New Year Brings Changes to Paid Leave in Illinois, Chicago and Cook County, by Paul Daugherity, Esq.,12-21-2023
Employers in Illinois, Chicago and Cook County should be prepared to update their handbooks and policies to reflect new changes to paid leave law in the New Year. The new laws create an added layer of complexity for employers to comply with in this ever-evolving paid leave landscape. Here is a breakdown of the various laws by jurisdiction:
As part of the Paid Leave for All Workers Act (820 ILCS 192), covered employers will be required to provide all employees with a minimum of 40 hours of paid time off (PTO) per year to be used for any reason. As a result of this new law, which takes effect Jan. 1, approximately 1.5 million workers will begin earning paid time off starting in 2024.
Under existing law, workers are not guaranteed pay when taking time off for sick leave, childcare, mental health reasons, medical appointments, vacation, or any other reason, according to the Illinois Department of Labor. But that will change under the new law.
Under the new law, employees can start using their accrued paid leave March 31, 2024, or 90 days following commencement of employment, whichever is later. Paid leave under this Act may be taken by an employee for any reason of the employee’s choosing. An employee is not required to provide an employer with a reason for the leave and may not be required to provide documentation or certification as proof or in support of the leave, according to the legislation.
This new law applies to every employee working for an employer in Illinois, including domestic workers and part-time employees, but does exclude independent contractors.
The City of Chicago and Cook County (see below) have an existing paid sick leave ordinance in place; employees and employers in those two geographic regions will be subject to those ordinances. The law exempts employees covered by a collective bargaining agreement in the construction industry and parcel delivery industry.
The ILDOL is in the process of preparing guidance and other resources and materials to educate employees and assist employers with compliance.
The Cook County Paid Leave Ordinance, which takes effect Dec. 31, will ensure employees who work in Cook County earn at least one hour of paid leave for every 40 hours worked. Notably, employees can use paid leave for any reason.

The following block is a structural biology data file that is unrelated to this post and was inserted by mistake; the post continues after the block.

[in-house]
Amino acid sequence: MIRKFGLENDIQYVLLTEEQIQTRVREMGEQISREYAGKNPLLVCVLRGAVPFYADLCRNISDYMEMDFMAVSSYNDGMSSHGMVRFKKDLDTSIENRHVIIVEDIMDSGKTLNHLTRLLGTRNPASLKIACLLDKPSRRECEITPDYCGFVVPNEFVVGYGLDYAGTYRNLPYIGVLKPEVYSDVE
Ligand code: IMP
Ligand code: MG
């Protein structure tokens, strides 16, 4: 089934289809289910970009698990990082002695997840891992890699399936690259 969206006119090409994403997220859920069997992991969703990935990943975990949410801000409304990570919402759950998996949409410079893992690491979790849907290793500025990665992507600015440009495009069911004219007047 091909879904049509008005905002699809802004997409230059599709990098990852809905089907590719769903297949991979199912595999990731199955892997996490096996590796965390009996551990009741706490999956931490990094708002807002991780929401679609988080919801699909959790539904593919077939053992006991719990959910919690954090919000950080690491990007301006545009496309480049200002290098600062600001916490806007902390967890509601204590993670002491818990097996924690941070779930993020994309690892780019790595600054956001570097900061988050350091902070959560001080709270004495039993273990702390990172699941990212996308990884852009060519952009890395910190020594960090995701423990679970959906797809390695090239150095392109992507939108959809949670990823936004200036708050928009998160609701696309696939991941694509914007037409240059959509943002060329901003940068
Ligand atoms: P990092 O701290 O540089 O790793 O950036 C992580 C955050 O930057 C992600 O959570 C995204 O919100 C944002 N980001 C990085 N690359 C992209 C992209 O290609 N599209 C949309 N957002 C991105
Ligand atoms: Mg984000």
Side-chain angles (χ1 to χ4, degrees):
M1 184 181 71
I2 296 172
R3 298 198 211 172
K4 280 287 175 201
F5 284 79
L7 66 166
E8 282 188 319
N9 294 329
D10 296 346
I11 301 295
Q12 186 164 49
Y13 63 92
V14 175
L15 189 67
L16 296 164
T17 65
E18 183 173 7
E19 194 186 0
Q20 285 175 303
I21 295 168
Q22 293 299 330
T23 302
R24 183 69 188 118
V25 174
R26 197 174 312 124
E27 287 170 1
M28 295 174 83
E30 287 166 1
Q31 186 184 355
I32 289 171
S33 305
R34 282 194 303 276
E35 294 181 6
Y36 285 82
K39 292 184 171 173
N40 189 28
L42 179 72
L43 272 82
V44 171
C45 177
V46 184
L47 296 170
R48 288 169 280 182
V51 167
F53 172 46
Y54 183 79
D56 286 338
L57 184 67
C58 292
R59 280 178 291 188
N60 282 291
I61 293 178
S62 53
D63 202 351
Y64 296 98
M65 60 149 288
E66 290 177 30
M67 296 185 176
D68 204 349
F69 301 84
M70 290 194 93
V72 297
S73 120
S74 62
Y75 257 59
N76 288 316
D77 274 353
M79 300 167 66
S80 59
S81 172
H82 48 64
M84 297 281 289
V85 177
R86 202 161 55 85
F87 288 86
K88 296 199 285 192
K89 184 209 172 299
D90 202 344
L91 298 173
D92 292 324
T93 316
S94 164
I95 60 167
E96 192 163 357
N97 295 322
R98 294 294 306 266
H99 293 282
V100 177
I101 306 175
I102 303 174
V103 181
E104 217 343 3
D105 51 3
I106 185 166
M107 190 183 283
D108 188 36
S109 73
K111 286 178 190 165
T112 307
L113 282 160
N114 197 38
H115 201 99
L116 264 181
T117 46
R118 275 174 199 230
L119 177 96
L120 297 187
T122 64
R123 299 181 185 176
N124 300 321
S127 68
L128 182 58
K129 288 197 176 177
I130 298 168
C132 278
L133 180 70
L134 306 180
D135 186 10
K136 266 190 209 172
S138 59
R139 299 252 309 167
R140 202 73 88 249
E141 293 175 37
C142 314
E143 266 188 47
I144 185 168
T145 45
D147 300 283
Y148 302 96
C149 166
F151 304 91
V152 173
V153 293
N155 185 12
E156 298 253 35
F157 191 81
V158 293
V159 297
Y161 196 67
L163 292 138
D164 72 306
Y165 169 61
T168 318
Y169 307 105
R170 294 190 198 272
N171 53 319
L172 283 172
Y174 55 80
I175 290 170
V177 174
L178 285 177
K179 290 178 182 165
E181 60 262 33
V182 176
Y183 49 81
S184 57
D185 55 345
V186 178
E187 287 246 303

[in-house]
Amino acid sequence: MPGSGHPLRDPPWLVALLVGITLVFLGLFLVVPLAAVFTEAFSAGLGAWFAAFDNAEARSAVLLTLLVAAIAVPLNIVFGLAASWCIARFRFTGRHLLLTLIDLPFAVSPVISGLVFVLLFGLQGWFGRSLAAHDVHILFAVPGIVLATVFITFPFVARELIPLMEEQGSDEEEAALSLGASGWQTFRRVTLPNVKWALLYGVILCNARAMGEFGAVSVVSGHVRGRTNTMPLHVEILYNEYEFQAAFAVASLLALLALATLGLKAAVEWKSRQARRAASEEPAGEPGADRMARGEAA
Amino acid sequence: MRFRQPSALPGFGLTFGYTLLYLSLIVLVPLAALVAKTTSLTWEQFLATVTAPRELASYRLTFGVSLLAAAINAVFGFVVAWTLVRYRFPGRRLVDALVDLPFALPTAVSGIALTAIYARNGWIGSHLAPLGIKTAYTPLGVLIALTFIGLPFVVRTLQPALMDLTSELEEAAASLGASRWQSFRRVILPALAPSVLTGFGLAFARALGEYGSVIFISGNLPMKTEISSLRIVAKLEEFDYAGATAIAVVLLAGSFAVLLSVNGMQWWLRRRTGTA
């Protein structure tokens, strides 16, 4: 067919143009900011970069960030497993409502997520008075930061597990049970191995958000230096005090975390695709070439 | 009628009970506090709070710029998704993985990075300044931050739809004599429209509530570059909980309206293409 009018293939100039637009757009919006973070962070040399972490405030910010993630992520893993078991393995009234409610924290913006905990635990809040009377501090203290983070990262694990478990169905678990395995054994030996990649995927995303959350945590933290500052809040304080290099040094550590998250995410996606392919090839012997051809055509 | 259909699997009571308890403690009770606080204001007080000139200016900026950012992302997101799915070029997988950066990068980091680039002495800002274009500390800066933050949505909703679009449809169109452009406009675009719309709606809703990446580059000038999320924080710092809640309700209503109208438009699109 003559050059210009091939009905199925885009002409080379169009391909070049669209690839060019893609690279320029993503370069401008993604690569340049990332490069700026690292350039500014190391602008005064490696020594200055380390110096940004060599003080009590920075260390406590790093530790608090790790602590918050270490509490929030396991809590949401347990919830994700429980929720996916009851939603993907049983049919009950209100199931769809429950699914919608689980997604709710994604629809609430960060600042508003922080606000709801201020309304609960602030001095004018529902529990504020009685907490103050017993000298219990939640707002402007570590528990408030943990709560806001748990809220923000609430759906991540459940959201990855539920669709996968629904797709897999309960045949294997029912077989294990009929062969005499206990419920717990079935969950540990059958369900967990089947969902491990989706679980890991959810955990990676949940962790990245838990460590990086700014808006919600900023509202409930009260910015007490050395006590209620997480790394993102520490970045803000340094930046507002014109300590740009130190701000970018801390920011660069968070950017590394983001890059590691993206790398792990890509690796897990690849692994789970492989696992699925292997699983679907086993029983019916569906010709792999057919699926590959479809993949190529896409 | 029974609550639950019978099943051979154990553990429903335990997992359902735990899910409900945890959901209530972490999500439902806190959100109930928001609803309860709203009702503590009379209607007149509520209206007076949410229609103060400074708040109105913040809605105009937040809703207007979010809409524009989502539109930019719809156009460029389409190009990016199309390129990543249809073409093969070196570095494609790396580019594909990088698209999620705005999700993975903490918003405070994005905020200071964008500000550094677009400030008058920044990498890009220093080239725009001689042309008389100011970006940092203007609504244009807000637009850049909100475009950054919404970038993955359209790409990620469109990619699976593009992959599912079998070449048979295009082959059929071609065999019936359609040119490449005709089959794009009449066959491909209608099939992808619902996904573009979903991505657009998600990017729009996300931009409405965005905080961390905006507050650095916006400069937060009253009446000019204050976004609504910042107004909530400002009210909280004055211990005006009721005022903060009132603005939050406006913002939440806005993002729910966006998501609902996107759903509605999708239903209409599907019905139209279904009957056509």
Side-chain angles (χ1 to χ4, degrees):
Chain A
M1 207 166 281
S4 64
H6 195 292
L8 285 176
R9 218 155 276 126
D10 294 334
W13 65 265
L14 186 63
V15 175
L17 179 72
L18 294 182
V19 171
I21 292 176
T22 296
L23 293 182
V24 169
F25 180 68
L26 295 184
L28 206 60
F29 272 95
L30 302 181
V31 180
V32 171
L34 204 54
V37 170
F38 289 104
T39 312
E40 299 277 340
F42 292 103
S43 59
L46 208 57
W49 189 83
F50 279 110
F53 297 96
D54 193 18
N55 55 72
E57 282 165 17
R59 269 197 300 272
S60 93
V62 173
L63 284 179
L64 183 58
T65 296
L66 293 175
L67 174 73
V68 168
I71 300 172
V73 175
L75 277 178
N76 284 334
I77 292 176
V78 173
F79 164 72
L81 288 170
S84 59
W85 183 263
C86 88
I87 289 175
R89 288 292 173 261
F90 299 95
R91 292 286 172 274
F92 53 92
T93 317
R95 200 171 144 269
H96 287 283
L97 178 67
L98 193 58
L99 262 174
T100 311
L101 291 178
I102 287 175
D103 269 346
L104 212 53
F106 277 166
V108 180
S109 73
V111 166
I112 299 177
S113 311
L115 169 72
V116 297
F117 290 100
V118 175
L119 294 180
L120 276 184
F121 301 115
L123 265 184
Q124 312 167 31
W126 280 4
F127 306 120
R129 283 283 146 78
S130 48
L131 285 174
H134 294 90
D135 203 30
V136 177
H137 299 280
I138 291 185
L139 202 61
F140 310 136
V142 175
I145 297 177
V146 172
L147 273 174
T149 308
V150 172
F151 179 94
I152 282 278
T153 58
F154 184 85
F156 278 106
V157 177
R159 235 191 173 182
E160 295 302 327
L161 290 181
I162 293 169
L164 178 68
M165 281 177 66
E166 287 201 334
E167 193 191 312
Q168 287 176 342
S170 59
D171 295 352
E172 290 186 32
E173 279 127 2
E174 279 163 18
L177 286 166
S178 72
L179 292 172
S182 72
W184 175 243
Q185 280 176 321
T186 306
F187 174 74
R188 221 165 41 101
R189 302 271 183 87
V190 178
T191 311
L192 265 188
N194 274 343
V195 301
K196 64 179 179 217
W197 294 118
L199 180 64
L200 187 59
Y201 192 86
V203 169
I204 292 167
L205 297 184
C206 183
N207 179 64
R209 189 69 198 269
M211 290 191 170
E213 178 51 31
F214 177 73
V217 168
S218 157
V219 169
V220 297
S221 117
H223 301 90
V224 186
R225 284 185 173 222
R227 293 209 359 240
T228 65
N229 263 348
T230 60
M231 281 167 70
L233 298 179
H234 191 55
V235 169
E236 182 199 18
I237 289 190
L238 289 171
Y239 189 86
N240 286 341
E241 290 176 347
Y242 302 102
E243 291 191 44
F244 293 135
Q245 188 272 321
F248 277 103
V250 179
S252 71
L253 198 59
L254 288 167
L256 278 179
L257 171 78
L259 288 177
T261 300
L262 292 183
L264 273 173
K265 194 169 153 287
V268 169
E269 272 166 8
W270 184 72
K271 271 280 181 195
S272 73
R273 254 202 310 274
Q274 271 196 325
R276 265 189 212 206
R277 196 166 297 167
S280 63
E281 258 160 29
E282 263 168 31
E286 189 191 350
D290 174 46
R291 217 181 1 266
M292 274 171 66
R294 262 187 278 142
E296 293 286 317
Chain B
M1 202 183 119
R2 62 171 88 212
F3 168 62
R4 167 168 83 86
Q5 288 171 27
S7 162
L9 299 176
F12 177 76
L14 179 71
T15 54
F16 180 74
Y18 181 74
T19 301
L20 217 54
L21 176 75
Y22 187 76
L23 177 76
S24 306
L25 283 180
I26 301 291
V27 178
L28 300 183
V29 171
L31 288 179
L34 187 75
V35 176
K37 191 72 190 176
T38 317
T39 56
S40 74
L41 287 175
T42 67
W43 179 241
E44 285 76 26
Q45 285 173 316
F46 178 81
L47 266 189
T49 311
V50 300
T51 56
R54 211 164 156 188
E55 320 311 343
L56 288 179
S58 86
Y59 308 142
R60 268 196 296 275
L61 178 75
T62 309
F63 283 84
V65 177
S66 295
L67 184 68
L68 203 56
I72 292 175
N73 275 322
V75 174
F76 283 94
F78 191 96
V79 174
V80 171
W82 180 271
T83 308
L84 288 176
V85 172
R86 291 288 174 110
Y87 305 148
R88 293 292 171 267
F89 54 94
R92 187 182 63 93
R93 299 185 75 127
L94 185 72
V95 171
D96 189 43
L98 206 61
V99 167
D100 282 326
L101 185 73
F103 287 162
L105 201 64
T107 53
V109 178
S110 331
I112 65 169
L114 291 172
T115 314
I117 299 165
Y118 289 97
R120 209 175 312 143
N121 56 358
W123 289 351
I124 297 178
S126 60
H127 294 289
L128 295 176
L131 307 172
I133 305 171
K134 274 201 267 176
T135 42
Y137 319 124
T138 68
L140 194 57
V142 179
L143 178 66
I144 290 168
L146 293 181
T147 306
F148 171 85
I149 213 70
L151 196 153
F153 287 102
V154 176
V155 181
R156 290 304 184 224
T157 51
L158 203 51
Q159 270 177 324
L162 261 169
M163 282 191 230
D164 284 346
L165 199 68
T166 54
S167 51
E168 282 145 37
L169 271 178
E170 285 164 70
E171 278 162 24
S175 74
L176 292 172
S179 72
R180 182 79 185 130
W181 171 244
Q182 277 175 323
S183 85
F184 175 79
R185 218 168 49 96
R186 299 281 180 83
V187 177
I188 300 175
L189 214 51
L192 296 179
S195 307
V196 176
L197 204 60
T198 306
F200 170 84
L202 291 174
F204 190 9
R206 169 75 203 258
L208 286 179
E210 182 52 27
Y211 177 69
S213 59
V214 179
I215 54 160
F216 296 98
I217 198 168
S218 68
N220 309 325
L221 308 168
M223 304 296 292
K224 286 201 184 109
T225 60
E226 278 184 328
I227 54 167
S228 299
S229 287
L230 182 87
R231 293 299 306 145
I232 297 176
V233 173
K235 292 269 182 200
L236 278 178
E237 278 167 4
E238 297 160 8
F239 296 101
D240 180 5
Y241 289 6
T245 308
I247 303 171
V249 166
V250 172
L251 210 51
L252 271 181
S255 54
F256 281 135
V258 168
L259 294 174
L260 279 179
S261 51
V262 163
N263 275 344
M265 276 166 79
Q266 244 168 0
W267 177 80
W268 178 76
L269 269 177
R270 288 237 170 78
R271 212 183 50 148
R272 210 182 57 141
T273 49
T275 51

This new ordinance, which will replace the Earned Sick Leave Ordinance, is a significant shift from the existing ordinance, which outlines conditions during which earned sick leave could be used (e.g., when you or a family member are ill, receiving medical care, etc.).
There are certain exclusions including employees working in the construction industry who are covered by a bona fide collective bargaining agreement.
The new ordinance’s requirements align with the State of Illinois’ Paid Leave for All Workers Act including not mandating that employees provide documentation for paid leave. Employers are also subject to certain posting requirements.
Enforcement of the ordinance will begin on Feb. 1, 2024.
City of Chicago
The Chicago Paid Leave and Paid Sick and Safe Leave ordinance, which takes effect July 1, 2024, requires employers to provide employees up to 40 hours of paid leave for any reason and 40 hours of paid sick leave per year. This is a change from the existing ordinance, which does not require employers to provide paid leave in addition to paid sick leave.
The ordinance was recently passed (11.9.23) and recently amended (12.13.23) delaying the originally scheduled effective date of Dec. 31, 2023, which was a welcome reprieve for employers scrambling to be in compliance. Until then, the existing ordinance will remain in effect.
The new ordinance covers employees who work at least 80 hours for an Employer within any 120-day period within the geographical boundaries of the City of Chicago. There is no distinction between part-time, full-time or seasonal employees.
Under the new ordinance, employees will accrue one hour of paid leave and one hour of paid sick leave for every 35 hours worked (every 40 hours worked for overtime exempt employees).
There are different obligations depending upon the size of an employer’s workforce regarding payout upon separation from employment. There are also various policy, notice and recordkeeping requirements employers should be aware of.
The City of Chicago Office of Labor Standards (OLS) is preparing guidance and other resources to assist with compliance.
Steps Employers Can Take
The changing laws bring a host of new obligations. To prepare, employers should consider the following:
- Review their paid leave policies to ensure compliance;
- Revisit their handbooks to see if they need to be updated;
- Prepare for a potential rise in leave requests;
- Maintain proper records for employees regarding paid leave hours accrued and used; and,
- Ensure they are complying with posting, notice and recordkeeping requirements.
Kaufman Dolowich Can Assist
The new laws add greater compliance requirements. If your company needs assistance including reviewing or revising any of your policies or updating handbooks, our team of skilled labor and employment attorneys can help.